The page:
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|A CurtainUp Review
Woman Before a Glass
(A Triptych in Four Parts),
High expectations in order? You bet. Lanie Robertson's Woman Before a Glass which just opened at the Promenade Theater gave every indication that it could sidestep the biographical solo play's tendency to make one yearn for at least one other actor on stage.
I arrived at the theater with memories of Ruehl's most recent unforgettable performance as the at first loving and then ferociously wrathful wife in The Goat and her earlier triumphs in the original Lost in Yonkers and the 1995 revival of The Rose Tattoo in mind. My hopes were high for another Barrymore (Christopher Plummer's solo drama about the legendary actor) or Full Gallop (Mary Louise Wilson's full-bodied portrait of Diana Vreeland). Alas, life is filled with disappointments and that includes plays that don't deliver the big bang the advance press promises.
Even the talented and magnetic Ms Ruehl can't overcome the shortcomings of Robertson's script and Casey Child's awkward direction. As is common with this genre, the audience members and people at the other end of a telephone line or in an off-stage room are the other characters. This is done here with minimal finesse. Not content with the favorite solo play prop, the telephone, the director has Ms. Ruehl running back and forth between two phones. Childs' also directed Thomas Lynch to create a set that upstages the star. There's no question that Lynch has created a stunning evocation of the art Guggenheim espoused and the flavor of her Venetian palazzo. However, a less showy set might have left room for some projections which seem sorely needed to make this less a collage of bits and pieces collected from in print materials about the play's subject and her collection.
For all the information packed into this long ninety minutes, the playwright never manages to clarify Guggenheim's masochistic tendencies, her relationship with her suicidal daughter and, most importantly, how she developed her savvy collector's eye. Guggenheim-cum-Ruehl tosses off that she favored Renaissance art until Samuel Beckett told her that if she didn't know what to do with her money, she should buy modern art "because it's living." However, typical of Robertson's tabloid teaser approach, this is an aside to her more detailed bed-and-Beckett recollections.
To be sure, no play about Guggenheim would be either complete or interesting without addressing her flamboyant personality and her penchant for bedding as well as financially nurturing artists. Biographer Mary V. Dearburn's biography acknowledged this with her sly double entendre title, Mistress of Modernism: The Life of Peggy Guggenheim (though she too was criticized for allowing salacious details and talk about the famously bulbous nose to sometimes win out over more substantive character and art analysis). The metaphoric self-appraisal prompting the more pretentious Woman Before a Glass title is again more aptly realized by set designer Lynch than the playwright.
The wealth of material to be mined has not been crafted into more than a fragmentary patchwork. It's as if Robertson was loathe to omit anything -- the tragedy of the father who perished on the Titanic, two failed marriages, the relationships with writers and artists whose work she collected. The collected artists included, to name just a few: Ernst (whom she married and divorced), Klee, Pollack, Miro, Chagall, DeKooning, Dali, Leger, Picasso, Duchamp, Braque, Rothko, Motherwell. All are touched on but none with any real depth.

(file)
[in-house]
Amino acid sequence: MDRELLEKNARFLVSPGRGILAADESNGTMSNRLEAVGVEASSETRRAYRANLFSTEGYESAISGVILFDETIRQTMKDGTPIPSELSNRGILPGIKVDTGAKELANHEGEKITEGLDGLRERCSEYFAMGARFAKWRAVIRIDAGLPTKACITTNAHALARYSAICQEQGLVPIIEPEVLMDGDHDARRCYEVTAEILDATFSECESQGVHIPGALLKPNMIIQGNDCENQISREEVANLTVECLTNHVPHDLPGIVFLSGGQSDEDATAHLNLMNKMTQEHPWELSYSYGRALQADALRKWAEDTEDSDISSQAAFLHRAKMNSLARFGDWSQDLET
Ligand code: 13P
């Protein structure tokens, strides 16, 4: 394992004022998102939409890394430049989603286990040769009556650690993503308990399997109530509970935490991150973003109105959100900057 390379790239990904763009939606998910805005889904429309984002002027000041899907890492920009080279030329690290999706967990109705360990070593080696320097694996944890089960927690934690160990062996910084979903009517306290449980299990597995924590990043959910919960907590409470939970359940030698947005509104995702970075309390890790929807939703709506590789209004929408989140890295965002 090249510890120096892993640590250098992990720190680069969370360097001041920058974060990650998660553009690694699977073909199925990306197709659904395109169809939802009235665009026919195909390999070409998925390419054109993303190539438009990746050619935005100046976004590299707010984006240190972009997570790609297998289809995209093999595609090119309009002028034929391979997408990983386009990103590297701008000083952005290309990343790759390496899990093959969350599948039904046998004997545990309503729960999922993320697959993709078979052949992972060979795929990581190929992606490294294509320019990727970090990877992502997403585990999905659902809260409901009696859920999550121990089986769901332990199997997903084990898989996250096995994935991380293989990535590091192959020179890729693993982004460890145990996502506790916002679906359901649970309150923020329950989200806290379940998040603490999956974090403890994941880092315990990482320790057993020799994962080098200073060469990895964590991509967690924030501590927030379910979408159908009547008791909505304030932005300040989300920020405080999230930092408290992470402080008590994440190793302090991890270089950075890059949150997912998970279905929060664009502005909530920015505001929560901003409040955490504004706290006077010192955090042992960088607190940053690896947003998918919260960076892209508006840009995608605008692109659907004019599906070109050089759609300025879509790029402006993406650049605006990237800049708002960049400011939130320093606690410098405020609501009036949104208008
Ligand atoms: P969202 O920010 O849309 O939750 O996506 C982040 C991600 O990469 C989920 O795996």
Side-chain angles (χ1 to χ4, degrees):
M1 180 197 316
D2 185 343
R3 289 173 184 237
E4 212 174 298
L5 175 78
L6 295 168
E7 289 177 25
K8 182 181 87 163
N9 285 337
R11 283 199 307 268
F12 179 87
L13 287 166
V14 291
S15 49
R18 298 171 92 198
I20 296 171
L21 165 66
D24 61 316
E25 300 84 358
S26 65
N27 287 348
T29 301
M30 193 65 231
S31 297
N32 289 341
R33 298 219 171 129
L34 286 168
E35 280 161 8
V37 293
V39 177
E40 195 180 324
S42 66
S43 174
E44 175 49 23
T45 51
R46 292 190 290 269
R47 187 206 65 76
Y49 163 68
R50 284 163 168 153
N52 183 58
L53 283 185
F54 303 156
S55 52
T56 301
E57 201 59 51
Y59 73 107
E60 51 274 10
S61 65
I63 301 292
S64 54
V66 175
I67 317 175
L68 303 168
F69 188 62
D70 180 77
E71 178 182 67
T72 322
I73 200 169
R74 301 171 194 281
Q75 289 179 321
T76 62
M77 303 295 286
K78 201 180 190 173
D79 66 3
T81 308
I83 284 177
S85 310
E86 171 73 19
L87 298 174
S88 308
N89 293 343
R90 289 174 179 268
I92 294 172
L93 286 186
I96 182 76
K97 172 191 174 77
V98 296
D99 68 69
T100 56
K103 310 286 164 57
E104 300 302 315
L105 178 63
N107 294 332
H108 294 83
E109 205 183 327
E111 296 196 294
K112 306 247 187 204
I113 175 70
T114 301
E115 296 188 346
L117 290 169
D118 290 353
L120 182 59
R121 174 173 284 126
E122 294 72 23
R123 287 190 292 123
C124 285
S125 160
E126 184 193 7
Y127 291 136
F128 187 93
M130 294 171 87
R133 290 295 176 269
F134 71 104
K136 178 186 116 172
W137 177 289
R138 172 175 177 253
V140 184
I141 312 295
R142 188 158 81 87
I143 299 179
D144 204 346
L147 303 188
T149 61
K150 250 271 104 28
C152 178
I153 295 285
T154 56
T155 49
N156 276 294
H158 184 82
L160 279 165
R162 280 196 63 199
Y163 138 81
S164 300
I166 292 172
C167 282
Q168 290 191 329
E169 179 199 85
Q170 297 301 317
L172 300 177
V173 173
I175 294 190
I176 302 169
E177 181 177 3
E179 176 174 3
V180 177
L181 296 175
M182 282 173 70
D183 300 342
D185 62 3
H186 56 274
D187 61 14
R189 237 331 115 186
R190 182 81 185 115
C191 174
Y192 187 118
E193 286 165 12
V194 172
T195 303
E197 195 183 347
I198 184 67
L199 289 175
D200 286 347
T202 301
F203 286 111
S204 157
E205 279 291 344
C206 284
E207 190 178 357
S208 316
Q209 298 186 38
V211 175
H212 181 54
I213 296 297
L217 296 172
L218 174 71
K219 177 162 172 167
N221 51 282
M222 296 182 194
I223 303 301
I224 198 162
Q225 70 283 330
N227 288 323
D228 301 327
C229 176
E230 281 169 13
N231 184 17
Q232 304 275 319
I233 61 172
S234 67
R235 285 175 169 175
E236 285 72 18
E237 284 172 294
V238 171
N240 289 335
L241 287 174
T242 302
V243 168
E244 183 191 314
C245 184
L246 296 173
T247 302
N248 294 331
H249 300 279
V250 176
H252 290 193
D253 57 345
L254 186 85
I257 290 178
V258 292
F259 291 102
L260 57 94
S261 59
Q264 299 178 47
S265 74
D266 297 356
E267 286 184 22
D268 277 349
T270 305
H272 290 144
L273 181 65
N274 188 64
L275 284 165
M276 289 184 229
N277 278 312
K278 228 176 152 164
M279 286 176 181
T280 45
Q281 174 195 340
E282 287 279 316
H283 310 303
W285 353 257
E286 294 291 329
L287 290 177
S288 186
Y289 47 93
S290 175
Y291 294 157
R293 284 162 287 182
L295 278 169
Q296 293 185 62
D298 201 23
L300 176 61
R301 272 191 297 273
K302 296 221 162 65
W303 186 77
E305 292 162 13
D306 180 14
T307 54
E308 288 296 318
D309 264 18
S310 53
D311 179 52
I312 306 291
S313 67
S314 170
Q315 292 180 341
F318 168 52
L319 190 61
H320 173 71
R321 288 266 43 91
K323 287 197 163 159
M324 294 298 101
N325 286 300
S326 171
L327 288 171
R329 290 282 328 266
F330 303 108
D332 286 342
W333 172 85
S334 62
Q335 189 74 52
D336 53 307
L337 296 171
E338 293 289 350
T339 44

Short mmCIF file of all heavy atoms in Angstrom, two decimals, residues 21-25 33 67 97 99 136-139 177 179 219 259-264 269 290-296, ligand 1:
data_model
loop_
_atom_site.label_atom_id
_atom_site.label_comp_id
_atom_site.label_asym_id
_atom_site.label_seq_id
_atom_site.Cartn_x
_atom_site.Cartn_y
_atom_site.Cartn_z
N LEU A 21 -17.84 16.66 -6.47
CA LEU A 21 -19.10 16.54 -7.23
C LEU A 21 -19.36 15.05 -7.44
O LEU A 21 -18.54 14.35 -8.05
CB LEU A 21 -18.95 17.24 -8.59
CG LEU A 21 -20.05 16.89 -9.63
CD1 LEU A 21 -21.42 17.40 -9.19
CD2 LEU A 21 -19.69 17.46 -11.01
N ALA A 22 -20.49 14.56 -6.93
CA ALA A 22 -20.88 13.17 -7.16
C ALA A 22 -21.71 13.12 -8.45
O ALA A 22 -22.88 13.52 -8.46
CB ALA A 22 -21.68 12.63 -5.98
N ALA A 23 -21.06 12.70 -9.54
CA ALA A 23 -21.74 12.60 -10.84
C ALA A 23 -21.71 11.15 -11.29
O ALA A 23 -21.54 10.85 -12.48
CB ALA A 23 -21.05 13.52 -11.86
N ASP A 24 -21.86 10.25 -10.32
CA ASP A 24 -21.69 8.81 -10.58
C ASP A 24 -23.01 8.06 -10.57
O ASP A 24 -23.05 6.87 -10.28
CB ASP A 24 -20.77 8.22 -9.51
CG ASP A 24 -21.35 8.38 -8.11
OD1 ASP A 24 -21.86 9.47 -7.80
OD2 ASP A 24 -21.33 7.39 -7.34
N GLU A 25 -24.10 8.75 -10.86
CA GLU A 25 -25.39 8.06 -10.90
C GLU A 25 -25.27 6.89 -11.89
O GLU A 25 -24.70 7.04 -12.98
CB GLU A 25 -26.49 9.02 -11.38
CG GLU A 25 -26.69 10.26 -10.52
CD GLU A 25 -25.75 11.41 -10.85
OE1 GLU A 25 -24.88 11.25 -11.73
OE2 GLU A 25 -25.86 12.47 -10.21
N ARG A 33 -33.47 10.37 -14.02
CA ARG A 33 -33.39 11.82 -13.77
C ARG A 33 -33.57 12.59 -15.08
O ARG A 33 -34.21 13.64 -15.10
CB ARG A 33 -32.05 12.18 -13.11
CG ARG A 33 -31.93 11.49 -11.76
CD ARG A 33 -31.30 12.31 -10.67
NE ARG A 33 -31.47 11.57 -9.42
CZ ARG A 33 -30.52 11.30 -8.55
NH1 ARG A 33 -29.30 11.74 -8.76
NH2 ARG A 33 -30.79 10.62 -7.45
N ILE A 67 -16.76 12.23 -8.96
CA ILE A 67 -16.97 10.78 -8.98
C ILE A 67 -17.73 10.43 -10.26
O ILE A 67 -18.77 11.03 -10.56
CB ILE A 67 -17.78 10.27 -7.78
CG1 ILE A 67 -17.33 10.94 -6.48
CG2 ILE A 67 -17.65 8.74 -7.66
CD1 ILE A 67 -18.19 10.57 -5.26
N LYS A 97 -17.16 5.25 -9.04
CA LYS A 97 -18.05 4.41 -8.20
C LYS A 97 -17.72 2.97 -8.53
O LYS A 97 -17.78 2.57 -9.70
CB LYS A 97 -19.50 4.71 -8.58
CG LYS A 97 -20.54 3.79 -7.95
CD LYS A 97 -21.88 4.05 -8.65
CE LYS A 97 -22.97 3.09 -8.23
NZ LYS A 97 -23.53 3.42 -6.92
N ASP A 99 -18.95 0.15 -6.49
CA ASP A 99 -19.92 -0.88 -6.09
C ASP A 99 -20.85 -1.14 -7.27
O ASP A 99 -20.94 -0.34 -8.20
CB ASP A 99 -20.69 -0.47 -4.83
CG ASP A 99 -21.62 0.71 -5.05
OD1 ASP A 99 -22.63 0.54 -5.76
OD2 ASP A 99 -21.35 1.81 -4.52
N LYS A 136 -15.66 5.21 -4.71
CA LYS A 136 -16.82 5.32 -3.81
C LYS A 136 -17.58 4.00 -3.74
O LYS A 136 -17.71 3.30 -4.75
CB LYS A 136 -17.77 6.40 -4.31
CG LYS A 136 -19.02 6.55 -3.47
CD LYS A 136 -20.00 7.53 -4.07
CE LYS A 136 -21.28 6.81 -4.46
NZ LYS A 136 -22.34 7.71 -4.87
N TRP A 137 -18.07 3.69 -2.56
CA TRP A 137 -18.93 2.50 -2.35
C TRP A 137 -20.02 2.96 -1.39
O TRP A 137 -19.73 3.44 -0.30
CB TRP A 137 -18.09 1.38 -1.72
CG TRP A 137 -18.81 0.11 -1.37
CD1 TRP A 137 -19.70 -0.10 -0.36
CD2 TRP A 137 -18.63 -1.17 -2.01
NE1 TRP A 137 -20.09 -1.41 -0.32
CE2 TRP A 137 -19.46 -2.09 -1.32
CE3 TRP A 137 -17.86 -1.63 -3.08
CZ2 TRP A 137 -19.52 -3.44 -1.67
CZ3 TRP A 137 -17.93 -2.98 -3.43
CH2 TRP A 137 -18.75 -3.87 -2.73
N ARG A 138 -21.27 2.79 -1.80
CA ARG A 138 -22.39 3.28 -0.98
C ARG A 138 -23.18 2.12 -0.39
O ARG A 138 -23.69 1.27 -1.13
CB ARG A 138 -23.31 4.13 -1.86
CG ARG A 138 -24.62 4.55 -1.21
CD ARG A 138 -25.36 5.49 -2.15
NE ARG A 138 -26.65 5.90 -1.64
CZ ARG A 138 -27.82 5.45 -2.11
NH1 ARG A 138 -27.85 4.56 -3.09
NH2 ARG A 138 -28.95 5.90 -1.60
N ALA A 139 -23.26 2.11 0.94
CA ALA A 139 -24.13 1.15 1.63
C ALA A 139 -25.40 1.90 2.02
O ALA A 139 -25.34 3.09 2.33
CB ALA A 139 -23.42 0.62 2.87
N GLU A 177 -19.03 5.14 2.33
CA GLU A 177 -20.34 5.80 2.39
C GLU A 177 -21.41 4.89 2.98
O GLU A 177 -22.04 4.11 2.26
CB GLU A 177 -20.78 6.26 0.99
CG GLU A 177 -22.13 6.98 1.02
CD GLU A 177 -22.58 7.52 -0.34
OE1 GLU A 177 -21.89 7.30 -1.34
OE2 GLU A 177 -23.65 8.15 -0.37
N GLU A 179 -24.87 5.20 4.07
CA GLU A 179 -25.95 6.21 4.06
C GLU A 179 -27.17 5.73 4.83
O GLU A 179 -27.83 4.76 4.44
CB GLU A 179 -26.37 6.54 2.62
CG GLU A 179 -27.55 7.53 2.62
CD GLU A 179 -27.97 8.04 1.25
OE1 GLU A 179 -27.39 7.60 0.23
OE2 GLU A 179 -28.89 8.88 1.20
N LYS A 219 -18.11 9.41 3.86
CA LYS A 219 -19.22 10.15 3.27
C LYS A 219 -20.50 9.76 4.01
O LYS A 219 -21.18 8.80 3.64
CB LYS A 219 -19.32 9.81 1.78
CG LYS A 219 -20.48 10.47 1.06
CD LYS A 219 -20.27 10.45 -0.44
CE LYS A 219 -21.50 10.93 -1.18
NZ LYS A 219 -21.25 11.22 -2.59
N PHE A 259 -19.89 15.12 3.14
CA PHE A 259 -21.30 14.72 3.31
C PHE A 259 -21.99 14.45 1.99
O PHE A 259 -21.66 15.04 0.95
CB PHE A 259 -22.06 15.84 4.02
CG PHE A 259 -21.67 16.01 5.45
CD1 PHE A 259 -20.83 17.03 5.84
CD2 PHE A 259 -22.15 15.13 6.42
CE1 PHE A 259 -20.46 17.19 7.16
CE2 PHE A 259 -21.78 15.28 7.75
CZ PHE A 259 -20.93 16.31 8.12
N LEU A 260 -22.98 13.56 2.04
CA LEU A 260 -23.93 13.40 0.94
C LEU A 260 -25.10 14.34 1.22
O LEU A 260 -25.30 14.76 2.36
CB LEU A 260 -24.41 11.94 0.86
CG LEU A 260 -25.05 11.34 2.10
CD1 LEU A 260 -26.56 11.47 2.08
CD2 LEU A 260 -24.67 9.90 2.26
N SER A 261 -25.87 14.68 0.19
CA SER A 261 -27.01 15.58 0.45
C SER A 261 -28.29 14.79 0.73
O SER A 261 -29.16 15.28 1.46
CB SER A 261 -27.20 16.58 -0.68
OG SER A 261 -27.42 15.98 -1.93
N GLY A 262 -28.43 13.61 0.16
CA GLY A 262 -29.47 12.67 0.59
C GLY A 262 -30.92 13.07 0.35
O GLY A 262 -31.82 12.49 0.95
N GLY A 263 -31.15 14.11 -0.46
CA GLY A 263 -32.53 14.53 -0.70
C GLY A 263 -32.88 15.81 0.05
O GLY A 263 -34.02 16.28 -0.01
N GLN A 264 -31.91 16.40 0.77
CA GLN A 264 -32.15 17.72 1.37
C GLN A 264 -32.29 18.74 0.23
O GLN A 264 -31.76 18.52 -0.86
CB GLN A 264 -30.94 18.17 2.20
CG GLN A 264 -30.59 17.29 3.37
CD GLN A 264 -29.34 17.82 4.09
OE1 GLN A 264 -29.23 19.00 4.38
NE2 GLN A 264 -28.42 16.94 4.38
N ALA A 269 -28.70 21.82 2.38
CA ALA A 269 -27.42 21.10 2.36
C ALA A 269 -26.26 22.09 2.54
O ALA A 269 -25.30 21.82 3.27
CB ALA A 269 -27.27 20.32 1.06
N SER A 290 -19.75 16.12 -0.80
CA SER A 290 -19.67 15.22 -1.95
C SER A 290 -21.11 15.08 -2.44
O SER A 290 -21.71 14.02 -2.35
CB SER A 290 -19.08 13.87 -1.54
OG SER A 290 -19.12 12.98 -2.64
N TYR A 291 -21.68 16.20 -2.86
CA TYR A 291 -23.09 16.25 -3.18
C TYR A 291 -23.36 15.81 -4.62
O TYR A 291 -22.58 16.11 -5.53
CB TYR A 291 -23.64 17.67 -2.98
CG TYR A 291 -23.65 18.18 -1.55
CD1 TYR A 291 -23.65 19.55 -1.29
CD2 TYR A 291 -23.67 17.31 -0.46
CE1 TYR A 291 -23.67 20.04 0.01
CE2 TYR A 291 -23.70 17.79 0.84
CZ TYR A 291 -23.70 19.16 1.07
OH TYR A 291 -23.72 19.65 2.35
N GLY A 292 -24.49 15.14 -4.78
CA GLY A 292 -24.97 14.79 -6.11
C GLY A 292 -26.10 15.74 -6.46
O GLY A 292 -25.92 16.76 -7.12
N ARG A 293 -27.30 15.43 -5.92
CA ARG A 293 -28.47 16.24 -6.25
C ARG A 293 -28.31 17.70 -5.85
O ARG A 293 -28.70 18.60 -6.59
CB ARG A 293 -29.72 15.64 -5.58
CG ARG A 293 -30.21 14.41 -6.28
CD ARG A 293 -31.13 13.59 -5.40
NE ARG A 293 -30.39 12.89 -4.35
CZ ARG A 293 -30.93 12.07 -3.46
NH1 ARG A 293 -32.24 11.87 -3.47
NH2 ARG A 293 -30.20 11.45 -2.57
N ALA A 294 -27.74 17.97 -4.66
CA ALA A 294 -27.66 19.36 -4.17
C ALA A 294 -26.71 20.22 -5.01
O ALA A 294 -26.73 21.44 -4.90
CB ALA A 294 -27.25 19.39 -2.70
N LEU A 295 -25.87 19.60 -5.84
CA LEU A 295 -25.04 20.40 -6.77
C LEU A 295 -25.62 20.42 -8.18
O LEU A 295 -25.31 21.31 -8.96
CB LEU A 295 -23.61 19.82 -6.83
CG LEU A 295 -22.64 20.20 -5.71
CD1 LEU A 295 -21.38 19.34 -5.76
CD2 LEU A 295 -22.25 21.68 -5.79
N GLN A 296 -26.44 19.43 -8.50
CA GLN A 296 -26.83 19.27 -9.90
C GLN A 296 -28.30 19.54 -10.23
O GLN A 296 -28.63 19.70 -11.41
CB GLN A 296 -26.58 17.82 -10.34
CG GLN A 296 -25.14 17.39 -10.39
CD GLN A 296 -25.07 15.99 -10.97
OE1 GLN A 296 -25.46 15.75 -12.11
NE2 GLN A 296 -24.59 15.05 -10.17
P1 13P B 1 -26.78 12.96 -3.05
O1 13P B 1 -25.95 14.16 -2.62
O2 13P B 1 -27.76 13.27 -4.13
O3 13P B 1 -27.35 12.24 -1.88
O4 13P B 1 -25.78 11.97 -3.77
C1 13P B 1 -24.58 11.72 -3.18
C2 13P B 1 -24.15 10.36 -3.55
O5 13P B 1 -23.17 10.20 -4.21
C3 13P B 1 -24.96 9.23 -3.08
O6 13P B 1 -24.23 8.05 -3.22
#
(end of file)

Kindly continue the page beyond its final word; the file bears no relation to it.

Part of the trouble is that there really is no plot arc of any kind here, just four leisurely scenes (1962, 1964, 1967, 1969). The only thing resembling a crisis to be resolved is Guggenheim's quest for a proper home for "her children " which is how she refers to her collection. Though several years apart, these scenes comprise one long string of reminiscences and comments about famous artists, lovers and relatives (the reference to her Uncle Guggenheim's New York museum, which eventually did get the collection, as a big parking garage elicited the biggest and longest laugh).
To get things going, Ruehl is sent on stage with an armful of designer clothes in order to find something to wear for an impending televised party to be attended by Italy's president. The clothes and the anecdotes about each are fun -- but hardly warrant the time expended on this circa Guggenheim history of designer fashions. Neither is her rant against a maid who chose this time to see her new grandchild a particularly auspicious way to establish the narrator's own maternal shortcomings.
Ms. Ruehl gives her all to what should be a fascinating portrait, but despite her best efforts it never jelled for me -- or for the fair number of audience members who seemed to be catching an afternoon nap at the matinee I attended. In fairness to the play, the exit remarks were not all negative, with one intelligent looking and smartly attired woman declaring "The best thing I've seen. Brilliant. Absolutely brilliant!"
Both the above-mentioned, generally well regarded 2004 biography and Guggenheim's own less critically lauded autobiography are available at our bookstore:
Mistress of Modernism : The Life of Peggy Guggenheim by Mary V. Dearborn
Out of This Century: Confessions of an Art Addict by Peggy Guggenheim
Easy-on-the budget super gift for yourself and your musical loving friends. Tons of gorgeous pictures.
Retold by Tina Packer of Shakespeare & Co.
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At This Theater
Leonard Maltin's 2005 Movie Guide
Ridiculous!The Theatrical Life & Times of Charles Ludlam
6, 500 Comparative Phrases including 800 Shakespearean Metaphors by CurtainUp's editor.
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